About 20 days remain before the July 15 deadline for the Cowboys to get a long-term deal with Dez Bryant done and, as far as anyone knows, there’s been no progress toward an agreement between the two sides.
So what would be a fair deal?
Former agent Joel Corry was recently asked that question, and he took to CBSSports.com to lay out his response. It’s an interesting read, if you’re interested in the business side of football, with each side’s approach--and the reasons we’re currently at an impasse--more or less laid out in clear terms.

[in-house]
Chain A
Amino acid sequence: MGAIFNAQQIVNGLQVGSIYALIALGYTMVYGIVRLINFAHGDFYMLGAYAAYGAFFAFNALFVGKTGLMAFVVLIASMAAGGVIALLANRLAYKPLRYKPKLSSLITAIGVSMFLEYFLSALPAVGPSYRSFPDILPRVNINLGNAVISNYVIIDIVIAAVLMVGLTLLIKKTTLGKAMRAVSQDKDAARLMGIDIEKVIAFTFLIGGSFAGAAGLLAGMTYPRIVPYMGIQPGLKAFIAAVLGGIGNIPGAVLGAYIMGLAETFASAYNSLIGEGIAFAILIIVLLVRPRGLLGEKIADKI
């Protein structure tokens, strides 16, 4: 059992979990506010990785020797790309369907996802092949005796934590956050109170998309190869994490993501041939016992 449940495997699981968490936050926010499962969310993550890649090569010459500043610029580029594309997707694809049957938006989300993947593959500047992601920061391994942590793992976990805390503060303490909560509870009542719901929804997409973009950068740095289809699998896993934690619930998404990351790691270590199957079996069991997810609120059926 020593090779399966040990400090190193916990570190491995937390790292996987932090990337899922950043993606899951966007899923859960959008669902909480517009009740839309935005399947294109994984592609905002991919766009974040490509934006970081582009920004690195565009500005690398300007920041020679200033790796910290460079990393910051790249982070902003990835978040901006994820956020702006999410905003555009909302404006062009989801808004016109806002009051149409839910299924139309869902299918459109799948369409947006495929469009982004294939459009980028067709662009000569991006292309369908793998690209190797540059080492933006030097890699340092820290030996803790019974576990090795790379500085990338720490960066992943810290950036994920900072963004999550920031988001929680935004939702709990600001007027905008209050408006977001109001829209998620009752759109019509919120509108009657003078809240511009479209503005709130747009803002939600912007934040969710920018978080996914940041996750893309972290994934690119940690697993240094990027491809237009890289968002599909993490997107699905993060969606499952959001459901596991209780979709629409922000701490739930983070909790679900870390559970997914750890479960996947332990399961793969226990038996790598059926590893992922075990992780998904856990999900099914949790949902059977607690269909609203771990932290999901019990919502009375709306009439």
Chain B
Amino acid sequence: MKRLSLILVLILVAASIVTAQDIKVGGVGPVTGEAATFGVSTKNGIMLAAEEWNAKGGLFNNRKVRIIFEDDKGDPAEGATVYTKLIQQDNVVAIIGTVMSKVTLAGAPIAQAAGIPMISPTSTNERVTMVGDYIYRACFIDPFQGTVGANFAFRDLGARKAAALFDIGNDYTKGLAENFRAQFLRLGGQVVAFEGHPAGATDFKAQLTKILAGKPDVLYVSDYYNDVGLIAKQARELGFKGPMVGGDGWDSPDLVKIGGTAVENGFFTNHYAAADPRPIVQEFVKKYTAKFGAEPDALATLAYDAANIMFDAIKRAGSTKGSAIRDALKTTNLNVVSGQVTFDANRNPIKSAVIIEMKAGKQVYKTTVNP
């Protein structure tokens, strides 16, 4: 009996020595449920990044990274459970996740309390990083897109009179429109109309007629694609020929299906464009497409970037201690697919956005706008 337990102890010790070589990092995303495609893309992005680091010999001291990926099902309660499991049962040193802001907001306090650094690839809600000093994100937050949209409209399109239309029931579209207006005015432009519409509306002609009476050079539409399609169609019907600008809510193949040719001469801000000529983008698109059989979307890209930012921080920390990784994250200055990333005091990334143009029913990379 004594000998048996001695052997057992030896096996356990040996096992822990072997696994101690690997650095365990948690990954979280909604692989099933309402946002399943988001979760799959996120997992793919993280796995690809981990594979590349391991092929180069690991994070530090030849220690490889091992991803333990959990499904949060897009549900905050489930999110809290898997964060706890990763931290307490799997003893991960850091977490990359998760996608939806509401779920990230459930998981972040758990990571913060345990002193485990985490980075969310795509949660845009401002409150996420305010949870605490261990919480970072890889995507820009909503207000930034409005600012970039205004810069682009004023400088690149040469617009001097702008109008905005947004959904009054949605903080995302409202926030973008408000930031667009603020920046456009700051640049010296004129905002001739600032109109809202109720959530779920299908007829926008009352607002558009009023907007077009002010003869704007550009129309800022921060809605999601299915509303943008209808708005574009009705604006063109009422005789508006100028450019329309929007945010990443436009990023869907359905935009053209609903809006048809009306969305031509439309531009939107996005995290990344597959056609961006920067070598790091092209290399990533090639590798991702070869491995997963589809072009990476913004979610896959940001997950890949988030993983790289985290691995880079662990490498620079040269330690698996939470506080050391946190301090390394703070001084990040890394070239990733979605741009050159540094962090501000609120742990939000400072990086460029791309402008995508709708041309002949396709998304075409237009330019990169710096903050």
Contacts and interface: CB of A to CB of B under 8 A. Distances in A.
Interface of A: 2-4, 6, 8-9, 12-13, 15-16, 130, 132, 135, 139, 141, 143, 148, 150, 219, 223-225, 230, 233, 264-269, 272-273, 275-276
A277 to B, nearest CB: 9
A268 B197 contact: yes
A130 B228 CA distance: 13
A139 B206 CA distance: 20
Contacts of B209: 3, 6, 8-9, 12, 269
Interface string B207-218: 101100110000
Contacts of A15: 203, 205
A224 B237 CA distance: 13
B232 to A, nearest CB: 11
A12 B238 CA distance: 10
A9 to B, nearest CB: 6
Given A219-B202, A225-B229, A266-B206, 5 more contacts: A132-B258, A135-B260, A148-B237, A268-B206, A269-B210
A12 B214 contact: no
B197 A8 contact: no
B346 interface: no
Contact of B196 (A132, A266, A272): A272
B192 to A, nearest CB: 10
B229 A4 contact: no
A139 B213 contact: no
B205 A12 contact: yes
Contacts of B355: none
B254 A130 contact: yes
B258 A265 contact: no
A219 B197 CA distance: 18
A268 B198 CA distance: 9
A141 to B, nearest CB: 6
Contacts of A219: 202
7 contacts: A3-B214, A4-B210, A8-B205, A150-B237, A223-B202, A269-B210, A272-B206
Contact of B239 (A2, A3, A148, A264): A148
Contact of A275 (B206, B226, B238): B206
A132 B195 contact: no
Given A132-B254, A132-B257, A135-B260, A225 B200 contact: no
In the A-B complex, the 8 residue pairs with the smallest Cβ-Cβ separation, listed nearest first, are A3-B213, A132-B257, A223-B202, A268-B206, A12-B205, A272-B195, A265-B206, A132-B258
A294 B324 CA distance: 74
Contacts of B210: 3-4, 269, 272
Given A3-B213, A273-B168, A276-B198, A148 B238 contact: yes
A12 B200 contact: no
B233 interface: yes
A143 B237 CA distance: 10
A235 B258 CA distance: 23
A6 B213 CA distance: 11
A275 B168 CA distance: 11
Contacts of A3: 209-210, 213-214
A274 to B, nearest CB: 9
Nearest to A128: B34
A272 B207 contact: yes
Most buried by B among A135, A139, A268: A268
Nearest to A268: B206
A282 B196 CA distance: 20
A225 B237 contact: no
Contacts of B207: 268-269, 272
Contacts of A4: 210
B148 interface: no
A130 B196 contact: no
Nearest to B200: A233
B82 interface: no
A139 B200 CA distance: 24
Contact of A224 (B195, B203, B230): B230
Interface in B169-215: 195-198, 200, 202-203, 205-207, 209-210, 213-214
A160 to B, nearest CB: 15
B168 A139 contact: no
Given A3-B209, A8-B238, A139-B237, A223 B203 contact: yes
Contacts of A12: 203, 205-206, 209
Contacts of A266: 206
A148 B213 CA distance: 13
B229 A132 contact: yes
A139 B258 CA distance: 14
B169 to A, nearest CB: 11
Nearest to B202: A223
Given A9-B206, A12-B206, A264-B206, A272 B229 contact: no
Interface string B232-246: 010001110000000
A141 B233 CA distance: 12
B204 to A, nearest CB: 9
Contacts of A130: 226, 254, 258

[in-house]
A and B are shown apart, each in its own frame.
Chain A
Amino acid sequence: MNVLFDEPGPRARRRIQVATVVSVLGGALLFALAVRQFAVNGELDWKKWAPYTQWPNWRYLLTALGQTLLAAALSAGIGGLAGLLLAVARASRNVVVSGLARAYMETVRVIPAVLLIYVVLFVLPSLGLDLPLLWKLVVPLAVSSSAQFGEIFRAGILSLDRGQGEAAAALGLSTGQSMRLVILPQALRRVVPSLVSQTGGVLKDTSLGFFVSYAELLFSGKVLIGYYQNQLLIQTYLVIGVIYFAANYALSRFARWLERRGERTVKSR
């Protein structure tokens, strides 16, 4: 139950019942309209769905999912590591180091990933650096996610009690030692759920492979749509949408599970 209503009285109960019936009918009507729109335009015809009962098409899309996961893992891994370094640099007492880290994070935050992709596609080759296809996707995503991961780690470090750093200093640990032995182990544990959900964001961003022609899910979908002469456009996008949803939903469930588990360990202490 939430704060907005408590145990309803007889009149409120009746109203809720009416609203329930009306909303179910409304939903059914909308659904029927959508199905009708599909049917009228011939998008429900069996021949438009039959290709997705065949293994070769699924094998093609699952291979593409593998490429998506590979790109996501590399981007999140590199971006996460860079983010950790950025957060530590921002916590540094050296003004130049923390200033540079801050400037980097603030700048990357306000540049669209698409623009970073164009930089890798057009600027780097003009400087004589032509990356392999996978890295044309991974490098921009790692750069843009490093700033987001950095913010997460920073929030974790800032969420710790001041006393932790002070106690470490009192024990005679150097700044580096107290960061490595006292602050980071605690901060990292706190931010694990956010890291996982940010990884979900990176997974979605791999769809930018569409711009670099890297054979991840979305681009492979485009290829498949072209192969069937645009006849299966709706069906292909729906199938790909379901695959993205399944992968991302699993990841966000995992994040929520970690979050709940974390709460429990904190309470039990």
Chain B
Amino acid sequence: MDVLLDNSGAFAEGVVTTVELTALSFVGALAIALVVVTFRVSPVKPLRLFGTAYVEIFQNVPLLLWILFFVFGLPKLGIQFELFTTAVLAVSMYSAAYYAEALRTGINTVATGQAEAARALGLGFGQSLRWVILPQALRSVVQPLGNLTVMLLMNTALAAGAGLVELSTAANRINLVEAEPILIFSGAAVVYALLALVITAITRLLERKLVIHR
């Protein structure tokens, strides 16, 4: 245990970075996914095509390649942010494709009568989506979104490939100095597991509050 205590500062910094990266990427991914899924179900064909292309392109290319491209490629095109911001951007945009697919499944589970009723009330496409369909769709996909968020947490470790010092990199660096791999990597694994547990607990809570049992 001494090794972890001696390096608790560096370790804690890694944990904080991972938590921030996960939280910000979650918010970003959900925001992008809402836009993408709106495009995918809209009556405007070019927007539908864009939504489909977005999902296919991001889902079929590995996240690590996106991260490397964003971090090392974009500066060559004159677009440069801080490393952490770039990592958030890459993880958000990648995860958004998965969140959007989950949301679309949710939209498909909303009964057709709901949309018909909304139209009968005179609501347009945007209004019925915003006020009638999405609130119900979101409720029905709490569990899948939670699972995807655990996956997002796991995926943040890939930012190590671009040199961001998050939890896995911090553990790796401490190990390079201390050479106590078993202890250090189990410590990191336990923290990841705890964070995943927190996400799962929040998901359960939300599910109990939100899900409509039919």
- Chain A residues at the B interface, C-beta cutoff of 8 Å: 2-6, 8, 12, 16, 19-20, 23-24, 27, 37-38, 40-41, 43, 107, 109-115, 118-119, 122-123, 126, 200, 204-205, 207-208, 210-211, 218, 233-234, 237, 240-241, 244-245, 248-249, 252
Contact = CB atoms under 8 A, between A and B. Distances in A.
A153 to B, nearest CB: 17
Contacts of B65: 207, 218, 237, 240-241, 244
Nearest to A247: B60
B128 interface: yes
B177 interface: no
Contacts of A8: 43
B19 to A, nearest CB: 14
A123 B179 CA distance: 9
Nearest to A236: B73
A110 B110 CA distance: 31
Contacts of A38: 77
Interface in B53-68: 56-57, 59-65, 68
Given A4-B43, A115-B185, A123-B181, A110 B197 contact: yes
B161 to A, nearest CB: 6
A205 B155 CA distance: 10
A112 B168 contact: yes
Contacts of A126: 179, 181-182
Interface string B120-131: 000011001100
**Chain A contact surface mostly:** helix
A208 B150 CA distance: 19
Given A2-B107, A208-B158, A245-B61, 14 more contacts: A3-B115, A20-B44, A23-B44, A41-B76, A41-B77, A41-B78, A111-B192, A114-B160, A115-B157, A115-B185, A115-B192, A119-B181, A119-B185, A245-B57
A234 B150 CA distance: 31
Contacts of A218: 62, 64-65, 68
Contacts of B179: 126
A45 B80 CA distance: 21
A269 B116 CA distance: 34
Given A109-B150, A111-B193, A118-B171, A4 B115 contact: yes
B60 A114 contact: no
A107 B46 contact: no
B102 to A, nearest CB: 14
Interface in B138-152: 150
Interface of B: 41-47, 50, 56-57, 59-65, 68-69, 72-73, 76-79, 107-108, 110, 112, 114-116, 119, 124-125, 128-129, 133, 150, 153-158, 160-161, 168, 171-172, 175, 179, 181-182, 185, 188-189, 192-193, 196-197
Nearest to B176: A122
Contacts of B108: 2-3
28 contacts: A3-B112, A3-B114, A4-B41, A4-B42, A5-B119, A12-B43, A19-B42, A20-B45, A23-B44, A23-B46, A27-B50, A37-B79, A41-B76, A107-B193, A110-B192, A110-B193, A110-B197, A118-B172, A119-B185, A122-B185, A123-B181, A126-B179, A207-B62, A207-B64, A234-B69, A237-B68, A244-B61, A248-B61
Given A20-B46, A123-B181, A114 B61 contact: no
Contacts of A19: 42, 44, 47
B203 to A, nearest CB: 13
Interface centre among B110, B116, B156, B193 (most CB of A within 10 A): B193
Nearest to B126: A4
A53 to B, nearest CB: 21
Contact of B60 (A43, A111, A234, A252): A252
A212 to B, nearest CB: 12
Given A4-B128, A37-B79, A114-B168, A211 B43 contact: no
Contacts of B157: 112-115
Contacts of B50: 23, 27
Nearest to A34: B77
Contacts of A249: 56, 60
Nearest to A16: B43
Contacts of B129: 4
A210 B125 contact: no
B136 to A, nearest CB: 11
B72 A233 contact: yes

Basically, Corry insists that both sides must make certain concessions.
Bryant has to concede that he won’t be better paid than the highest paid receiver in the league, Calvin Johnson--not because he doesn’t have the potential to be as good or better than Megatron (that’s not the argument here) but because Megatron had a lot more leverage in 2012 than Bryant has now.
The Cowboys must concede that they’re not going to be able to sign Bryant to a long and very team-friendly contract of the sort Tyron Smith got.
In the end, Corry suggests a five-year deal for Bryant worth $71.25 million, with more than $36 million in guaranteed money.